MSNBC’s Chris Matthews equates funeral of terrorist Solemani to deaths of Princess Diana and Elvis

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FILE PHOTO. Screenshot.

It seems the liberal media just can’t help itself as reports continue to portray the funeral crowds for Iranian Gen. Qassem Soleimani as epic and monumental.

MSNBC’s Chris Matthews actually compared the “outpouring of grief” for the terrorist mastermind killed by U.S. airstrike last week to that seen after the deaths of Elvis Presley and Princess Diana.

(Video: MSNBC)

 

“When some people die, you don’t know what the impact is going to be. When Princess Diana died, for example, there was a huge emotional outpouring,” Matthews said on “Hardball” Wednesday. “Elvis Presley in our culture.”

“It turns out that this general we killed was a beloved hero of the Iranian people to the point where — look at the people, we got pictures up now — these enormous crowds coming out. There’s no American emotion in this case, but there’s a hell of a lot of emotion on the other side,” he said. “Should our leaders know what they’re doing when they kill somebody?”

Matthews is not alone among his liberal media cohorts who seem to have a one-sided fixation with the portrayal of Soleimani, the commander of the Islamic Revolutionary Guard Corps which the State Department has designated a terrorist organization. Plenty of Democrats and political talking heads agreed the military leader was a “bad guy” but couldn’t credit the Trump administration for its actions to protect Americans.

MSNBC’s Katy Tur was amazed by the “stunning” outpouring and the immense crowd sizes at the funeral and burial which experienced a delay when a stampede erupted, killing dozens of people.

An interview with New York Times reporter Farnaz Fassihi drew an equally ridiculous parallel between the Iranians’ expression of grief and the American reaction at the death of Martin Luther King Jr.

Fassihi reported Tuesday on “The Daily” podcast about reactions from many people she spoke to who said Soleimani “protected our national security. He transcended politics. He was a national hero.”

“What you are describing feels like the kind of unified national outpouring that is reserved for a small handful of figures in any country,” host Michael Barbaro told Fassihi. “I mean, a beloved president, a civil rights leader like Martin Luther King in the United States. Not for what our colleagues have described as a general who specializes in covert operations in Iran.”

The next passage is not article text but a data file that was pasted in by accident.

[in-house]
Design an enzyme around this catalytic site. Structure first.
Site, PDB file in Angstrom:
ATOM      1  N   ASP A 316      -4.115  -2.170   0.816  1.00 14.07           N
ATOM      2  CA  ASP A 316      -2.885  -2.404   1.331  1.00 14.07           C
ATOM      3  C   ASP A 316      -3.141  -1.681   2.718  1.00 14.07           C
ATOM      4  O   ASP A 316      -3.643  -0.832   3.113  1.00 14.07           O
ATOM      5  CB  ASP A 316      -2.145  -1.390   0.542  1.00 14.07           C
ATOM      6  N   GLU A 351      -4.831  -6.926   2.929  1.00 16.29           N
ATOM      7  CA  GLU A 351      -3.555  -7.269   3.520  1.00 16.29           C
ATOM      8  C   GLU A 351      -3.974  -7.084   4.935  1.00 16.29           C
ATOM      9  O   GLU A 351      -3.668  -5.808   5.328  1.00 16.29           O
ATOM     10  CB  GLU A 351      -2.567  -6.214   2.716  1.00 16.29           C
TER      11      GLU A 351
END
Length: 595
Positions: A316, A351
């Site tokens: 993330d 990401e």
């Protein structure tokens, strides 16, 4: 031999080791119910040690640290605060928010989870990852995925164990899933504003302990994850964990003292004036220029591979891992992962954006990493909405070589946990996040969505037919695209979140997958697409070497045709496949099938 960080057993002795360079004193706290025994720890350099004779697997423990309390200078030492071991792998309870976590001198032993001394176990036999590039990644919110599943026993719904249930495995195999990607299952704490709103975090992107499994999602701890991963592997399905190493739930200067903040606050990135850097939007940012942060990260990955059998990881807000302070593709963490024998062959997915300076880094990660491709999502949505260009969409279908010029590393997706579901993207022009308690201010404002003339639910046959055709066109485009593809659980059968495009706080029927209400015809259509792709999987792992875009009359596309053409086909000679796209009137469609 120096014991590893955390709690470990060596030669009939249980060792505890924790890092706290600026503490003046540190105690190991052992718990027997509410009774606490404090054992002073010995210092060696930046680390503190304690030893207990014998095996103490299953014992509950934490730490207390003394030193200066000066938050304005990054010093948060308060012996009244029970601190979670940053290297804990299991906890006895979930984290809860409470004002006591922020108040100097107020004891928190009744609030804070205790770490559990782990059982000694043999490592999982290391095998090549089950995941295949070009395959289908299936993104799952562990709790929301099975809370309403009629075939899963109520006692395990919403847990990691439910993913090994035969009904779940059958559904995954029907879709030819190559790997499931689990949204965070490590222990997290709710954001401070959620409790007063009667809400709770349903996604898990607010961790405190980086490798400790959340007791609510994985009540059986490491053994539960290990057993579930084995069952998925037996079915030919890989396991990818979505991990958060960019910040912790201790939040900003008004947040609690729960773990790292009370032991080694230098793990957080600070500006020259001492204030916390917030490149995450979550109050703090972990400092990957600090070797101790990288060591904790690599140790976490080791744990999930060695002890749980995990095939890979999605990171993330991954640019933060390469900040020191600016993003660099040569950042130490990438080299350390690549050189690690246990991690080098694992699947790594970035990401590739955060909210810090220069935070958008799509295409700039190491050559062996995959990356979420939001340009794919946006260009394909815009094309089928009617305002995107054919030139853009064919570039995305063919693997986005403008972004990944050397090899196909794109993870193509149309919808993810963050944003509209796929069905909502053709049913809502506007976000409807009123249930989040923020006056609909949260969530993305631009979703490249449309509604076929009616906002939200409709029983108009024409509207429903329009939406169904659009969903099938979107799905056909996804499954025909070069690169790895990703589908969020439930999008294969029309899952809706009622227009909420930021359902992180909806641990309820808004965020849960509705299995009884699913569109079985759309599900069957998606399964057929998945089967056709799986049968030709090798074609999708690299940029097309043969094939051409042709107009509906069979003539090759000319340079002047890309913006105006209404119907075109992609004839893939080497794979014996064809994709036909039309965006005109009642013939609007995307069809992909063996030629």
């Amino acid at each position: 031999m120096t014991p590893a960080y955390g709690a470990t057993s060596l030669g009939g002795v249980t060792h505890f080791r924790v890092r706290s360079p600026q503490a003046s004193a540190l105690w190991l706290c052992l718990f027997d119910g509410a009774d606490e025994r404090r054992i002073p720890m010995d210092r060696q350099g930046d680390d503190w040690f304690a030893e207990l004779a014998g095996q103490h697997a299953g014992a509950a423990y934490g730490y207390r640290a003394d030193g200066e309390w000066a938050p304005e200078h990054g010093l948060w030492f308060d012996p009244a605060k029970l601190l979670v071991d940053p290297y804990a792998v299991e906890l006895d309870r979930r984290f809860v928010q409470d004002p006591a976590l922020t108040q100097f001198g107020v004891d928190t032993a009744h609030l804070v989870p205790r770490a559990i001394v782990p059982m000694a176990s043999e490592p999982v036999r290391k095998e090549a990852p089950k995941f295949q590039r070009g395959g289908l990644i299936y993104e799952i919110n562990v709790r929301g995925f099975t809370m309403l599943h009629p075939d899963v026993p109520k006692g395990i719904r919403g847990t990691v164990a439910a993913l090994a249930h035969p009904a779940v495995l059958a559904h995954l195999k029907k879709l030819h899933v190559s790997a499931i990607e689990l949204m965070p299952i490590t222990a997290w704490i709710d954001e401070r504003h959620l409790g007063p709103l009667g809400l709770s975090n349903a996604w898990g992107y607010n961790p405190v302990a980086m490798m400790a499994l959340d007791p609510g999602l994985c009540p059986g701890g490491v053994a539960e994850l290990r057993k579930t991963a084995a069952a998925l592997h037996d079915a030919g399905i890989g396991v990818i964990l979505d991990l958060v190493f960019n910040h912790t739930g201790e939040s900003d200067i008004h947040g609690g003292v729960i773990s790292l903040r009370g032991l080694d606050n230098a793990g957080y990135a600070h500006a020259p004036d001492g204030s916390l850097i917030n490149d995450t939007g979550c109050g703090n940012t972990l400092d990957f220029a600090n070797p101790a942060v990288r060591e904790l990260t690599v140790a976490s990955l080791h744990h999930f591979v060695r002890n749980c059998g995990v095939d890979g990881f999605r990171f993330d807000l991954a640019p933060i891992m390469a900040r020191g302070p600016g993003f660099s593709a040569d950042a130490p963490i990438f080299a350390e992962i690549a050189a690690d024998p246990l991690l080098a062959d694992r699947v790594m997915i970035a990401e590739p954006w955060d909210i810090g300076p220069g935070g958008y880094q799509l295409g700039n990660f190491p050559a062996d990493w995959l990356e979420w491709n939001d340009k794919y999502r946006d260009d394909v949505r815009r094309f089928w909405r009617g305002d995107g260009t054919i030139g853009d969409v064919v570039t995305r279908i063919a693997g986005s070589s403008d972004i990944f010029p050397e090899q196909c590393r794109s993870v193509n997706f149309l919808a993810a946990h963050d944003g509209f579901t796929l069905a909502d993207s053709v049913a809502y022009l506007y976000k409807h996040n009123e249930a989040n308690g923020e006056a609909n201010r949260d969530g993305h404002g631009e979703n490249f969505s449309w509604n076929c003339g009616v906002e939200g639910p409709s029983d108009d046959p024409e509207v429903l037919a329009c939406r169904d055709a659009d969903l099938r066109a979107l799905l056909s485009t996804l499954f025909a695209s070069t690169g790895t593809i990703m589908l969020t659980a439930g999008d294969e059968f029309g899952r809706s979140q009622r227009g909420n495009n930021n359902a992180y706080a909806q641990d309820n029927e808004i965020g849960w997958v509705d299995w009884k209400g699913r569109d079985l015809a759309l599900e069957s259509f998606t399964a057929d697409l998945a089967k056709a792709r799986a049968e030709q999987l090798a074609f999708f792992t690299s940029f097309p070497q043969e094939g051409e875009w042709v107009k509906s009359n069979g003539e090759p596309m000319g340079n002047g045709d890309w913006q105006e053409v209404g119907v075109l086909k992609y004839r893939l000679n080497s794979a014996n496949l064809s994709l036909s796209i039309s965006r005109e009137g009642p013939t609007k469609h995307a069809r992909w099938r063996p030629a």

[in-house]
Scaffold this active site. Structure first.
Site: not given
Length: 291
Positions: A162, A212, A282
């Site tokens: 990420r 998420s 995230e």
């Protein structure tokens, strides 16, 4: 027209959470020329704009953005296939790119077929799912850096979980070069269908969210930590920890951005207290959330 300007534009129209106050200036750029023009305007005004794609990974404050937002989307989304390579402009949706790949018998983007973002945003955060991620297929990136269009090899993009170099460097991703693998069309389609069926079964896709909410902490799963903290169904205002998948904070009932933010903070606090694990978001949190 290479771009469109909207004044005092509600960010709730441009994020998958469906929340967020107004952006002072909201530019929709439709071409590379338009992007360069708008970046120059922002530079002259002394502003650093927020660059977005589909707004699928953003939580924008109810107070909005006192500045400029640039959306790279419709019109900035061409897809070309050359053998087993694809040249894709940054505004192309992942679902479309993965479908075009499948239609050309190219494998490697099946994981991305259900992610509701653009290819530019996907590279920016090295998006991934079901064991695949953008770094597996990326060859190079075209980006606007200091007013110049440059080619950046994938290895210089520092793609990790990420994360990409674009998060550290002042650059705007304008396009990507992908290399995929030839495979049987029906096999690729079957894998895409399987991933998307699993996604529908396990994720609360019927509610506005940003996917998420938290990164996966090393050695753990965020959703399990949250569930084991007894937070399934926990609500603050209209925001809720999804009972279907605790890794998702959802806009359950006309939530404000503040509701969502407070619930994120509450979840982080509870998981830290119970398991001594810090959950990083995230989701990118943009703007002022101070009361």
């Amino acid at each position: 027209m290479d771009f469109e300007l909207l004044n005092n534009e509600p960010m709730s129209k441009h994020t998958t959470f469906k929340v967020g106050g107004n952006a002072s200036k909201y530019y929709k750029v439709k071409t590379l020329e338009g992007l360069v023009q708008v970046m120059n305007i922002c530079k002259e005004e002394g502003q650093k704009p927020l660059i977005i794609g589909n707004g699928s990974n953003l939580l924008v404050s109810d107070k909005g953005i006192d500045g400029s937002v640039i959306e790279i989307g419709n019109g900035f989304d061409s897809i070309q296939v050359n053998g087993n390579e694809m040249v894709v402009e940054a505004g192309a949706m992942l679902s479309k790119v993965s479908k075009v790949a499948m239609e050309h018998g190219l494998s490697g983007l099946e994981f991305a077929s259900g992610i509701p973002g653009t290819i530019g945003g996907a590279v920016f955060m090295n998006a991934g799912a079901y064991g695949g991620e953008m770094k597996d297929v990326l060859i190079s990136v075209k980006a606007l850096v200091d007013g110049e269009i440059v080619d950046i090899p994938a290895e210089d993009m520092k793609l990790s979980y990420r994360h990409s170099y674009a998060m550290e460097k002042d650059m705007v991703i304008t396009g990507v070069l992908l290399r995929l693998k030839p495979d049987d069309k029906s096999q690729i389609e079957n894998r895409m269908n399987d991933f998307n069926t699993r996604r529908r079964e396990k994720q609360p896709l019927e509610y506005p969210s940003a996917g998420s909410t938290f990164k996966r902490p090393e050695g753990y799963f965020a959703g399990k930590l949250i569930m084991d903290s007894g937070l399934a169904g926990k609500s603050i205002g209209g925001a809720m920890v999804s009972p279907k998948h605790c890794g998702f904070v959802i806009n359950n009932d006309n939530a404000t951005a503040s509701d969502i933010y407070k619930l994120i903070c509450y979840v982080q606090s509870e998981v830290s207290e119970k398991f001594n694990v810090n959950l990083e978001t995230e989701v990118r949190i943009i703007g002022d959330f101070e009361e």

“I think it’s difficult for most people in the United States and outside of Iran and perhaps the region to grasp the unique place and role that General Soleimani played in Iran and in regional politics,” Fassihi said. “He was singlehandedly the most revered and influential character in Iran.”

She noted that “there were plenty of Iranians who did not love or respect General Soleimani, but there were activists, there were opposition figures who had been jailed by the regime who attended.”

Of course, the left torched Republican Congressman Doug Collins when he dared to accuse Democrats of being “in love with terrorists.” But over the course of the last few days of escalating tensions with Iran, the liberal media and lawmakers have, for reasons lacking sanity, bashed Trump while nearly erecting a pedestal for Iran. Hollywood celebrities, including rabid anti-Trump filmmaker Michael Moore, even apologized to the Islamic regime.

In the relentless race to take down Trump in any way, the left has championed the Iranian people without actually listening to them.

Iranian journalist Masih Alinejad set the record straight in an op-ed in the Washington Post on Monday.

“For anyone watching, I have one piece of advice: Don’t take what you’re seeing at face value,” he said of the televised reports of funeral crowds. “The media in the Islamic Republic is heavily controlled. Public gatherings are allowed only if they are pro-regime. Critics are jailed or shot…So it’s not hard to use all the tools and resources of the state to stage a funeral procession.”

There were plenty of voices on social media concurring as well. But the mainstream media apparently prefers to put journalism on the back burner while glorifying the grief over a dead terrorist.

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Frieda Powers

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